At some stage, all chain concepts experience growing pains. Two speakers at the COT Conference explained how they've been reinventing their expanding brands to deal with a changing marketplace.
Sheri Miksa , president and CEO of Rubio's Fresh Mexican Grill, described her company's efforts to carve out a new "affordable" subniche in the fast casual category. In 2002, Rubio's launched a new prototype and a menu that stressed the 150-unit brand's value. Its goal was to position Rubio's as an affordable choice and thus encourage more frequent visits.
"Listen to consultants, but go back and listen to your gut." ---Billy "bd" Downs, bd's Mongolian Barbeque
Miksa said the changes were designed to overcome two perceptions that would deter traffic into Rubio's. The menu redesign, she said, targeted those who assume "I have to pay a lot to eat at a fast casual restaurant," while the dècor— which was revamped to emphasize the "fresh" and "grilled" aspect of the restaurant in a warm, casual environment—addressed the "I don't want to feel like I have to dress up to go there" customer.
Growth is a good thing, if it's done right. That's what Billy "bd" Downs , founder and CEO of bd's Mongolian Barbeque, discovered the hard way. In 1999, when the brand had 15 units open, "we got cocky," Downs recalled, and launched a franchising program that doubled the chain's presence within two years. But caught up in the excitement of expanding, he admitted, the company failed to train franchisees properly and made a number of questionable real estate deals.
By mid-2001, bd's had 30 locations, many of them underperforming, so Downs decided to regroup. He negotiated with a number of franchisees to close their restaurants. Today, about 24 units remain, and future growth will come at a more measured pace: He predicted the addition of 7 locations in 2005, 12 in 2006 and 15 in 2007. Downs said he plans to focus on Midwest development, where the company already has a strong base, and slowly expand from there.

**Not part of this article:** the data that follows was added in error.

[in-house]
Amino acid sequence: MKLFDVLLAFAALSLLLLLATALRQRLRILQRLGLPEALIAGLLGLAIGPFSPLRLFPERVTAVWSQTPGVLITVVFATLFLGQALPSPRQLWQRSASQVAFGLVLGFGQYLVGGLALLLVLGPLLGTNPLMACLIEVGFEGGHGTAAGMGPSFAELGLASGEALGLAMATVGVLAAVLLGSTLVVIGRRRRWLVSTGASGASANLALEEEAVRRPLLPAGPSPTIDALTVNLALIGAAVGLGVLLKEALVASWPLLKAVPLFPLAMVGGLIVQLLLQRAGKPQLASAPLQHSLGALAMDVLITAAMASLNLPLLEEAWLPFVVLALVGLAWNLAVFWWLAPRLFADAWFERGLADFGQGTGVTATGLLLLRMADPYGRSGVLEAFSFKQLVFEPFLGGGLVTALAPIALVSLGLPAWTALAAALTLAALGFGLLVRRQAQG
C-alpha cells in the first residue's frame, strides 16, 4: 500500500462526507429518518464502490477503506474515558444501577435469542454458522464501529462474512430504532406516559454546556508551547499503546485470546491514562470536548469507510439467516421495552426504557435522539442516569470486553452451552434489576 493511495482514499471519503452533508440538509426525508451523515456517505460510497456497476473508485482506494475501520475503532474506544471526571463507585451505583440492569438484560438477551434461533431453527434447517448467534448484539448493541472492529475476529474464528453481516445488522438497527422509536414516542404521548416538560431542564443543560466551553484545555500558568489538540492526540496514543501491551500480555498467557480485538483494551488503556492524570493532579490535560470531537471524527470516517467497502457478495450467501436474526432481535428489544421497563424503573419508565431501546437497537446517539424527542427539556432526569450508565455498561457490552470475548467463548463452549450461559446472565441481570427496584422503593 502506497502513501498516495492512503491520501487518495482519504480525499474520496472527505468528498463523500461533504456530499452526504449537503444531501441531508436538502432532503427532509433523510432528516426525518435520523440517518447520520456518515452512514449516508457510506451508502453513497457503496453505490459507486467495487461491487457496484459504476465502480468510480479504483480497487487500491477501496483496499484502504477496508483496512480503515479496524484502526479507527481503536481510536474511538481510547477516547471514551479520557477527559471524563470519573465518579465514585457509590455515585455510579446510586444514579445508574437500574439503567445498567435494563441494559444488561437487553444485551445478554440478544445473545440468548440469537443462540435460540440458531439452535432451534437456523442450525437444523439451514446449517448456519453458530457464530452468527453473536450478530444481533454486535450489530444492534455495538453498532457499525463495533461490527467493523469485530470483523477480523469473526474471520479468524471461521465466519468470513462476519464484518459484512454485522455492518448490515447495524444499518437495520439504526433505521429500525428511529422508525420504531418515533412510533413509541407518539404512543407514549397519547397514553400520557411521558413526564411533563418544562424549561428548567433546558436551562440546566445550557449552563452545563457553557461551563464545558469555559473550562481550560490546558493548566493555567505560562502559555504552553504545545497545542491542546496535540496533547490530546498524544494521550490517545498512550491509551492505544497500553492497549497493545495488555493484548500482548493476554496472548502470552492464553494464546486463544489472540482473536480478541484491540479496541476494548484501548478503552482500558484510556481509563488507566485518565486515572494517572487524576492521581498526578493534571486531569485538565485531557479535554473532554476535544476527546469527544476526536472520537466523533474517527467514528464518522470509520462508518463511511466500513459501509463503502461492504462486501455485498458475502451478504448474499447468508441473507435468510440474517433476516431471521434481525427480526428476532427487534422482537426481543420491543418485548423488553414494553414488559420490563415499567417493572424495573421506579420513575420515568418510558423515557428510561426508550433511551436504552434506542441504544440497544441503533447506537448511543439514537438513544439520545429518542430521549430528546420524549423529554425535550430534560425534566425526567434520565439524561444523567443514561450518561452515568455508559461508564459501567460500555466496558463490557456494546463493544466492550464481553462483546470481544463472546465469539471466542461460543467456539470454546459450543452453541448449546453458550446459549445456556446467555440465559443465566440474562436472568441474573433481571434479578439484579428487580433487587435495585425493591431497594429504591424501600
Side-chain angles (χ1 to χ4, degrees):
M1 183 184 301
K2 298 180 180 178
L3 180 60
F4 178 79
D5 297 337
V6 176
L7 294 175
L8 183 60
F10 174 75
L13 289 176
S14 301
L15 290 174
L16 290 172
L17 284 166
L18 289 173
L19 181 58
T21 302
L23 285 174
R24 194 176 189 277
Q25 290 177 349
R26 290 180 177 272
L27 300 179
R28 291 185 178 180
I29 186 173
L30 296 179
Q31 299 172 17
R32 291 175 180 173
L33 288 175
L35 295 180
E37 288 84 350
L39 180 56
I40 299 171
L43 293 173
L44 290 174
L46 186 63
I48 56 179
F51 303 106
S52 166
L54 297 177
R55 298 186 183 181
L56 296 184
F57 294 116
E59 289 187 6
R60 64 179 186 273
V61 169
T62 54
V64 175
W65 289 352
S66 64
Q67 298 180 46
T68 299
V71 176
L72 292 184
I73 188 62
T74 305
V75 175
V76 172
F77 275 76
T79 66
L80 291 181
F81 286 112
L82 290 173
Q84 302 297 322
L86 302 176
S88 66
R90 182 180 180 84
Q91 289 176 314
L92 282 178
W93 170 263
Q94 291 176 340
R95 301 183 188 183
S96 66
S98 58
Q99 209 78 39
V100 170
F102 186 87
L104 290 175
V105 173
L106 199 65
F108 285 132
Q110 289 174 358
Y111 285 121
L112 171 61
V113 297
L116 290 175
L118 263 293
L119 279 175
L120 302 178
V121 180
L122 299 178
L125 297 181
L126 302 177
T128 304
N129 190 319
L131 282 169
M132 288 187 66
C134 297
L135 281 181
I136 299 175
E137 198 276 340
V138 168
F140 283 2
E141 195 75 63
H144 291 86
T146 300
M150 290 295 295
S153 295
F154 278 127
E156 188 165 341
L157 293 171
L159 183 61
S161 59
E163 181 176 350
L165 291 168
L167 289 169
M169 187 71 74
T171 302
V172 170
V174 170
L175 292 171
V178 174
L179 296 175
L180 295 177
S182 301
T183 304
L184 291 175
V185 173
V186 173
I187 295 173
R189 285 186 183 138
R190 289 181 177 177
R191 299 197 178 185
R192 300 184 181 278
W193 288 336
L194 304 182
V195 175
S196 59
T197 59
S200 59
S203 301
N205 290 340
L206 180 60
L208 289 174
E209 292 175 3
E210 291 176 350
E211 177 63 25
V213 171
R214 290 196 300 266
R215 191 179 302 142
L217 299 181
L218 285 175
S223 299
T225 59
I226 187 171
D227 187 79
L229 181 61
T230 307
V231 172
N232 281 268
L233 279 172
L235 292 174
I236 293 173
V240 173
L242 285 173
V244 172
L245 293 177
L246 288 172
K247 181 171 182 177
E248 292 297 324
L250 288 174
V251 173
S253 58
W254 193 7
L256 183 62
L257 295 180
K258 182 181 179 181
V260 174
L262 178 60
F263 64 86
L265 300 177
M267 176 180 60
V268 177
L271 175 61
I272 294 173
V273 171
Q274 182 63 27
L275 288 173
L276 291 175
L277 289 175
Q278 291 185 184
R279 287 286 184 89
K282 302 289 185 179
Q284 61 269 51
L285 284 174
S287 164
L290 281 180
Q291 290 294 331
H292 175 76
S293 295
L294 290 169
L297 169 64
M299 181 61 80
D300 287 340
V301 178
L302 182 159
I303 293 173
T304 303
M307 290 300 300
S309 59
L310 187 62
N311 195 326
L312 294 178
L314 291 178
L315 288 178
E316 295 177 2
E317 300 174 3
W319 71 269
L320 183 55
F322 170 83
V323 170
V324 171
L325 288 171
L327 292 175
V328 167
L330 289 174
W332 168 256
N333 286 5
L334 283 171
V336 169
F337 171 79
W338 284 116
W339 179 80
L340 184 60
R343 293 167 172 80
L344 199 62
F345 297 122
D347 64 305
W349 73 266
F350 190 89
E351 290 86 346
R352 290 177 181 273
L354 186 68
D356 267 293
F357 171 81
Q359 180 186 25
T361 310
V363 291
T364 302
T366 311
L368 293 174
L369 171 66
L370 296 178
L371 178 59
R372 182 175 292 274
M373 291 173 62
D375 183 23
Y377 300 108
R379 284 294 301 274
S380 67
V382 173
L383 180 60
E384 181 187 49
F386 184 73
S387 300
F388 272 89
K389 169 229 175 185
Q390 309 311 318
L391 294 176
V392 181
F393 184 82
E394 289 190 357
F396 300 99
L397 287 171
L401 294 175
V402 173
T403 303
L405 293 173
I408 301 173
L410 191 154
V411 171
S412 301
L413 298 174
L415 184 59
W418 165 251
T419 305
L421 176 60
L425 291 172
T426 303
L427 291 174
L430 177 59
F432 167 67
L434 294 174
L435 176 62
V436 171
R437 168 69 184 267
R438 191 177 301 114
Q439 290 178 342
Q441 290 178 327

Downs said the time is right for the Mongolian barbeque concept, since it allows diners to choose their own ingredients, and "control is huge." With so many food allergies, other health concerns and special diets, he said, "people want to control what they eat."
For COT attendees considering a foray into franchising, Downs offered the following advice: "Listen to consultants, but go back and listen to your gut."
Want to Franchise? What to Ask
Nontraditional, or "angel" investors, are always on the lookout for the next big idea. Financial guru Dan Rowe , CEO of Fransmart, counseled a little introspection for anyone seeking backers to fund growth of their concept.
Rowe said growing concepts first need to answer for themselves the types of questions they can expect from potential investors, such as: Is the food really special? Do customers understand the brand? Does the management team have appropriate experience? What are the unit economics?
Operators who want to succeed in the franchise game, Rowe added, can't just look at what's in it for them. They also need to figure out how they will help potential franchisees succeed, since their success will help sell additional franchise units. A good exercise, he added, is to consider the strengths, weaknesses, opportunities and threats for all aspects of the concept.